24 May Interview with Andrea: mum of twin girls
Andrea lives in small town in the north of Perugia with her husband and their twin daughters born in 2000. They moved to Italy when the girls were 2 years old. Andrea and Tony run a property management business, helping owners with the day to day running of their holiday homes and have started doing social media promotions for holiday homes and affiliates called Rest Assured Rentals. Andrea is MumAbroad’s micro-manager for Perugia & Umbria.
At what point in your pregnancy did you find out you were expecting twins?
I found out at 5 weeks that I was pregnant, I did several tests at home and they all came back negative, but I had a strange metal taste in my mouth and remembered reading that it was an early sign of pregnancy. So I went to the doctors and did another test, they rang me back 2 days later confirming I was pregnant. We were over the moon. At 10 weeks we went to a wedding and when we returned the following day, I started bleeding, no pain, just blood clots. Tony, my husband called the doctor, who told me to rest up over the weekend and he booked me in for a scan on the Monday morning. The monographer wouldn’t let us look at the scan, when finished she didn’t talk to us, just lead us to a waiting room and said the doctor would be out soon. We waited for about 1/2 hour, finally she told us that I had a fibroid, a hepatoma, which was causing the bleeding and prepare yourself, it’s twins. We were in total shock, I was put on 2 weeks bedrest and sent home.
The average pregnancy of mums with twins is 5 weeks shorter than mums of one baby. How long was your pregnancy?
Due to the fibroid and it’s location, I knew that I would have a c-section and the specialist wanted me to go as late as possible. I went in to labour at 37 weeks, at about 7 pm my waters broke and by the time I had arrived at the hospital and was gowned up, I was fully dilated. At 9:59 and 10:01 pm, Cara and Mia we born and rushed of to S.C.B.U. We were very lucky because we had been told that there might not be enough baby units and that maybe the girls would be in separate hospitals, but fortunately they weren’t.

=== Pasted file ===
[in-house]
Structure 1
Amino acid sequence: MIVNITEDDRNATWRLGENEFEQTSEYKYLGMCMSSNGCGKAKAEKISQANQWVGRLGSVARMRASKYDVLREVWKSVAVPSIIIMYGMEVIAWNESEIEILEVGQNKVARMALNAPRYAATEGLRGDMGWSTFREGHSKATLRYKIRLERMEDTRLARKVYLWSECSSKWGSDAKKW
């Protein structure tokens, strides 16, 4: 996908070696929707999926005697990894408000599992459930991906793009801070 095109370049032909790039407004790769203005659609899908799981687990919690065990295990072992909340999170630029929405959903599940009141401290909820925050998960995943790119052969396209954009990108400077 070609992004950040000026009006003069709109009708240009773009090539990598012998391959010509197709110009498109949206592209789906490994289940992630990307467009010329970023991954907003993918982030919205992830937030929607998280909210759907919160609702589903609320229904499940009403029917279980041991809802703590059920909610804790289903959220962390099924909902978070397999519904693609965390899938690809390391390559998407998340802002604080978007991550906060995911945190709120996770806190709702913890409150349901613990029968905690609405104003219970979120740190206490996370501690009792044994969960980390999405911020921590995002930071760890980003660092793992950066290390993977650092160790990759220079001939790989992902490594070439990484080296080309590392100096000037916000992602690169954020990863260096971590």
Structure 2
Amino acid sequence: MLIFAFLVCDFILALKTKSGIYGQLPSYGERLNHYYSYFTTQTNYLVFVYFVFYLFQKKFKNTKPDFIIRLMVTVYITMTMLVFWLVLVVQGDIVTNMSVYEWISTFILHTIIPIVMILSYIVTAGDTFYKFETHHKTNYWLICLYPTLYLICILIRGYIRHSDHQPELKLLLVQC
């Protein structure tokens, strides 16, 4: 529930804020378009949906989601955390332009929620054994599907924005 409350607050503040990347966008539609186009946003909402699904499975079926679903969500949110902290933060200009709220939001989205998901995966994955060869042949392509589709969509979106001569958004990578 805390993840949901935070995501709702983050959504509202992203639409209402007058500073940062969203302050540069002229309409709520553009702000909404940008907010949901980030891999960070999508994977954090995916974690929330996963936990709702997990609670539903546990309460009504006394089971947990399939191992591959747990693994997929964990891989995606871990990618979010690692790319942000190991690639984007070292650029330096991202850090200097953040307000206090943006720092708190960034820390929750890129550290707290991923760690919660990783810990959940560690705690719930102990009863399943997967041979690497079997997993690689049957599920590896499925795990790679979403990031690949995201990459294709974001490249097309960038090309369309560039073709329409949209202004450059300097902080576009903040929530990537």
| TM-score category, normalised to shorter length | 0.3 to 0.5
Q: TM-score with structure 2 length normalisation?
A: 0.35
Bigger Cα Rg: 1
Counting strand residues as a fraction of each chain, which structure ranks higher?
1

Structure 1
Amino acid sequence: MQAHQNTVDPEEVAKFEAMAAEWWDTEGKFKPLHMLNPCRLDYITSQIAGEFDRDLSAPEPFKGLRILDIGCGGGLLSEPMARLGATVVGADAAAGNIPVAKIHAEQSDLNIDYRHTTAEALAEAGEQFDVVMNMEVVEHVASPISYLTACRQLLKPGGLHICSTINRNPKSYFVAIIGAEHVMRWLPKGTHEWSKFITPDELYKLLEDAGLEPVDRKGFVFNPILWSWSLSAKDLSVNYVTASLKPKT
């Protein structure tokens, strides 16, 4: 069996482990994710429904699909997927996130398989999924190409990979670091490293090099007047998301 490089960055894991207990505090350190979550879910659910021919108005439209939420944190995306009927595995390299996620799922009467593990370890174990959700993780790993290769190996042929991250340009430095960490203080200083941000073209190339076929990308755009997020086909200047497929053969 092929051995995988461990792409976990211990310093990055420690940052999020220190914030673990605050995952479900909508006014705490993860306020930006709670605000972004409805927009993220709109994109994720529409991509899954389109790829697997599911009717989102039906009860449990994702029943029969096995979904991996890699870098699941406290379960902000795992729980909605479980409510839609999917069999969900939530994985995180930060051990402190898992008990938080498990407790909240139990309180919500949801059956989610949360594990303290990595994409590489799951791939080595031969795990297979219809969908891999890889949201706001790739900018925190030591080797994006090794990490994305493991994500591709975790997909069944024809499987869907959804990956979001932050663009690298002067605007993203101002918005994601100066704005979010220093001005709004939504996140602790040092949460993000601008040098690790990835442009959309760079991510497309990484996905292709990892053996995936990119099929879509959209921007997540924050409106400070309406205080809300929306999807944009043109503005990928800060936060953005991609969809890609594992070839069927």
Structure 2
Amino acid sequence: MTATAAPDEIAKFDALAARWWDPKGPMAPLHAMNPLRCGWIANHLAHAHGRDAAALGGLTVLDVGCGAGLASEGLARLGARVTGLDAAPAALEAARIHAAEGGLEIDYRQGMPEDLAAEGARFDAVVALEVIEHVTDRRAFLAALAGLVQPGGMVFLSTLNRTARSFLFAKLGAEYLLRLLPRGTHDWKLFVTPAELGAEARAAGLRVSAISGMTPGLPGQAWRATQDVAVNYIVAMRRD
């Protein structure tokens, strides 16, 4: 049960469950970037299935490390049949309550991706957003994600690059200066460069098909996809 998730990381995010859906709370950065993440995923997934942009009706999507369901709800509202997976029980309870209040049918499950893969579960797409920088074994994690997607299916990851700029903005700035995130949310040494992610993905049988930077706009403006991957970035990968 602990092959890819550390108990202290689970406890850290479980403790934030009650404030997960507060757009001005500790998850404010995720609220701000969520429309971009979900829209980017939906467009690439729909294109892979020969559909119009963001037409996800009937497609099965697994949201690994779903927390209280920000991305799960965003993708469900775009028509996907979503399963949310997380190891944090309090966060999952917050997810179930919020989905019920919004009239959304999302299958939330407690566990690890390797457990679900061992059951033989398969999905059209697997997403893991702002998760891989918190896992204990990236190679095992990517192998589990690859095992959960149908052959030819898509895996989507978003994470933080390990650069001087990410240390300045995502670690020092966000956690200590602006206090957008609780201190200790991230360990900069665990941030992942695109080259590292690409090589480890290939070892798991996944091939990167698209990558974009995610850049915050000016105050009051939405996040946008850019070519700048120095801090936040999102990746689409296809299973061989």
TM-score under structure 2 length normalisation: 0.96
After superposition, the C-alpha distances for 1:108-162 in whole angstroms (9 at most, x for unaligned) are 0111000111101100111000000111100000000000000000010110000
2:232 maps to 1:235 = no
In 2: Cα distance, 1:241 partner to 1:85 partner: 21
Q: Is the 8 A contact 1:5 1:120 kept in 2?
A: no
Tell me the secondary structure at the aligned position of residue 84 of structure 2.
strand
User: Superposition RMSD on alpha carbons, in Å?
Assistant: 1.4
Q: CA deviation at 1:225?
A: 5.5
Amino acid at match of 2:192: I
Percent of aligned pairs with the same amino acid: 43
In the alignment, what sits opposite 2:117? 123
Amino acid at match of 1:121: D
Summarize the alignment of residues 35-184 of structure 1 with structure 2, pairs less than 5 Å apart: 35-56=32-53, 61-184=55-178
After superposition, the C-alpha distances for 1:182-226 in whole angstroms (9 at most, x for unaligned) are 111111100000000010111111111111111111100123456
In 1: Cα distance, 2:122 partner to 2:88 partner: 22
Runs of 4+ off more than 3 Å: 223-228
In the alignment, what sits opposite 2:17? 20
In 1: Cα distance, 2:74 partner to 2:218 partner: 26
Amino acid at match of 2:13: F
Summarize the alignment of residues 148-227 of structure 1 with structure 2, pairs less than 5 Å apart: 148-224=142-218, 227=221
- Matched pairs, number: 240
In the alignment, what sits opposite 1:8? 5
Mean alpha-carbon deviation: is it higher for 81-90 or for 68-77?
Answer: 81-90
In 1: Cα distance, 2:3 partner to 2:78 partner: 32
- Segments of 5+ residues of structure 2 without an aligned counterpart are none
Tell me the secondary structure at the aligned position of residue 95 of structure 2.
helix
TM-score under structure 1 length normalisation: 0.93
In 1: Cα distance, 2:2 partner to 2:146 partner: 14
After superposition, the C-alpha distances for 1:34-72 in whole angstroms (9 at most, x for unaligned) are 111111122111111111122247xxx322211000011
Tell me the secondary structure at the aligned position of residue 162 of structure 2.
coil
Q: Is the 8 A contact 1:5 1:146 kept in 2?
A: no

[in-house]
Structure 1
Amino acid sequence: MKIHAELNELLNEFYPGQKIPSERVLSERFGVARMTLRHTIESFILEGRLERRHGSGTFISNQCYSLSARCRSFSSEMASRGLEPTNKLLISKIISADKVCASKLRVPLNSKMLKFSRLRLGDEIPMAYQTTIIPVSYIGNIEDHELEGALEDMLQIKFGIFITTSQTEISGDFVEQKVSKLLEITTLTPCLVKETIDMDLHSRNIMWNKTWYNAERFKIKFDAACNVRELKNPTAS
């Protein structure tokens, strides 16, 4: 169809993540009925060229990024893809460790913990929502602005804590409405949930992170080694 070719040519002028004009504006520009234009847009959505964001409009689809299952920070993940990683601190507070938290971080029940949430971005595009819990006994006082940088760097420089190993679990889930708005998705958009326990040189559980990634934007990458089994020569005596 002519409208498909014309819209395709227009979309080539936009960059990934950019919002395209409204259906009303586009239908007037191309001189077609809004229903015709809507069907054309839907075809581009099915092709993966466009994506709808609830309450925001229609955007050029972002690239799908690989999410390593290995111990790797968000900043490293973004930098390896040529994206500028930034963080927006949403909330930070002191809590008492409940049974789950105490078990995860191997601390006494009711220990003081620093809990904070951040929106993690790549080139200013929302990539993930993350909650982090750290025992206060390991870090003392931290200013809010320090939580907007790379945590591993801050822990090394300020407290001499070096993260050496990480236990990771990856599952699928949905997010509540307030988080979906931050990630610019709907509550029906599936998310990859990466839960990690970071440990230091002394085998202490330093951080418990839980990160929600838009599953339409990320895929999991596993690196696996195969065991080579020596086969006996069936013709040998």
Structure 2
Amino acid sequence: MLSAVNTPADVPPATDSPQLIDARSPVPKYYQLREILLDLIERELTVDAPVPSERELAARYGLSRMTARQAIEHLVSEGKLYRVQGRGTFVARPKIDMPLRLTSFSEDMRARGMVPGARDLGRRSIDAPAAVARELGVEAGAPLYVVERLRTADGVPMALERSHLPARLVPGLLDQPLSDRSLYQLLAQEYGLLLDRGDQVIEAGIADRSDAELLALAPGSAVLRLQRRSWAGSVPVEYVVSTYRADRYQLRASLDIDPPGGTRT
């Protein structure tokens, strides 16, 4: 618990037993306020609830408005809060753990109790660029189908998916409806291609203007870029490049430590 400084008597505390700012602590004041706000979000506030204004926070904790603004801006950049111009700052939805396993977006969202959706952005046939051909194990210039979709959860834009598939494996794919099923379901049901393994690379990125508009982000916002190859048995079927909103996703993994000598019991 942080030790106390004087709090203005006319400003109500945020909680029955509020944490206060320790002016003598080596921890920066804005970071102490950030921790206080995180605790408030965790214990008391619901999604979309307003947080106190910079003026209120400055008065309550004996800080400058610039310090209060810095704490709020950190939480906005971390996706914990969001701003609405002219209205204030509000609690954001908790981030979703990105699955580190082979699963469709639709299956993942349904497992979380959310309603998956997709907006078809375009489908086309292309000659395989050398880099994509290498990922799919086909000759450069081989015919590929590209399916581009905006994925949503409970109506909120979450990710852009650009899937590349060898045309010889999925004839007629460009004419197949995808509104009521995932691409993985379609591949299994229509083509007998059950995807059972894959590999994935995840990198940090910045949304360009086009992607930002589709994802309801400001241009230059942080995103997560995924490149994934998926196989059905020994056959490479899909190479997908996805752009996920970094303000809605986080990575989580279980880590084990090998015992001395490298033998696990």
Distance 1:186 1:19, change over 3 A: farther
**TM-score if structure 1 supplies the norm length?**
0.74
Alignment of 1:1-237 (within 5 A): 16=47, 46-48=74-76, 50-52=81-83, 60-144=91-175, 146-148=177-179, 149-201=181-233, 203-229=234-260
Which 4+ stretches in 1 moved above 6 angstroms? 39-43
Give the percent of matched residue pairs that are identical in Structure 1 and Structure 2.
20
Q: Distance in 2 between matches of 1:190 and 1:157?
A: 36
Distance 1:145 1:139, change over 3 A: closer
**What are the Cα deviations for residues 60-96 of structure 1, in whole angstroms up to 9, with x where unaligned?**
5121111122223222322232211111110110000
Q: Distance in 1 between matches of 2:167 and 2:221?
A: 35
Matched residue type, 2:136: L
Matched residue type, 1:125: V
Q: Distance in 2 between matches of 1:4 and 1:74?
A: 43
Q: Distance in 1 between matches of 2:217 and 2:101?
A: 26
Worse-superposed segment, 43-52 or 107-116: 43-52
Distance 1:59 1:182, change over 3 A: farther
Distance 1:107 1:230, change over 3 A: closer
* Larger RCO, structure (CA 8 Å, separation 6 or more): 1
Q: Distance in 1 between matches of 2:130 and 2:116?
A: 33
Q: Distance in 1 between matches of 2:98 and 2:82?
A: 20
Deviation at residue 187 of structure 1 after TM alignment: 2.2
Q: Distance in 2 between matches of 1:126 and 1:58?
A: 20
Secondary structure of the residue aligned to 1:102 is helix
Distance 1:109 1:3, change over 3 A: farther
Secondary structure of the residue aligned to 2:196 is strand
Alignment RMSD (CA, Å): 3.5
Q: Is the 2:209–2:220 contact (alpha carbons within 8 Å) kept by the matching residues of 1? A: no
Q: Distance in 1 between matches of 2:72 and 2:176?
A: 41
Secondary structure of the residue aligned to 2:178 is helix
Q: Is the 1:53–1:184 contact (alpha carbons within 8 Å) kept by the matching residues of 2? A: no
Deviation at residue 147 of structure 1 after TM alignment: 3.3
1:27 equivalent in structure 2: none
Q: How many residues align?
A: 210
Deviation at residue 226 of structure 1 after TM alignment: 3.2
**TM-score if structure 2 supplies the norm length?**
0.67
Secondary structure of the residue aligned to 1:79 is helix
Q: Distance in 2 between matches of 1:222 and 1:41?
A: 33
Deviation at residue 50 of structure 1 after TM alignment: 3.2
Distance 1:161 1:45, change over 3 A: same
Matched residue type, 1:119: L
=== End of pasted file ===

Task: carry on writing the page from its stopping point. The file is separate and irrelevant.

Did you breast feed and was it a challenge?
From quite late in my pregnancy I was producing blood in my milk, after check ups they discovered it was due to high hormone levels, for the first week after the girls birth I was still producing blood. Because the girls were tiny Cara 4lb 4oz and Mia 4lb 2oz, they were tube fed for a few days, and then we would bottle feed them and they would have a top up via the tube. They were in the special baby care unit for 3 weeks. When they were born I was tested and treated with group B streptococcus (GBS), and the girls had to have a course of penicillin to protect them. I was put in a room on my own, so I couldn’t pass the infection on, I was in hospital for 2 weeks. I did express milk for a few weeks, but I was so tired, I did try breastfeeding once, but they didn’t take to it.
Did you dress your babies in matching outfits?
We have tried to never dress them the same, especially when they were toddlers. I had read an article that stated for safety reasons, dress them differently, just in case one twin was going to run into the road and you called the wrong one. Occasionally, they were dressed the same, but we’ve always tried not too, so they are treated as an individual.
Did your babies sleep at the same time or did you feel that you constantly had one baby awake?
Once they were out of hospital, Tony took some time off work, and we would feed a baby each. Once Tony returned to work, he worked permanent nights. I would feed them on my own, unfortunately they hardly ever woke up at the same time. They were 2 hourly fed, it was hard work. If I had known about dream feeding back then, it would have helped a lot.
How important was establishing a routine when your babies were very little?
Having a routine is vital and pays off. We both have worked hard to achieve this, by 5 months the girls were sleeping through at night.
Did you ever manage to have one on one time with each twin?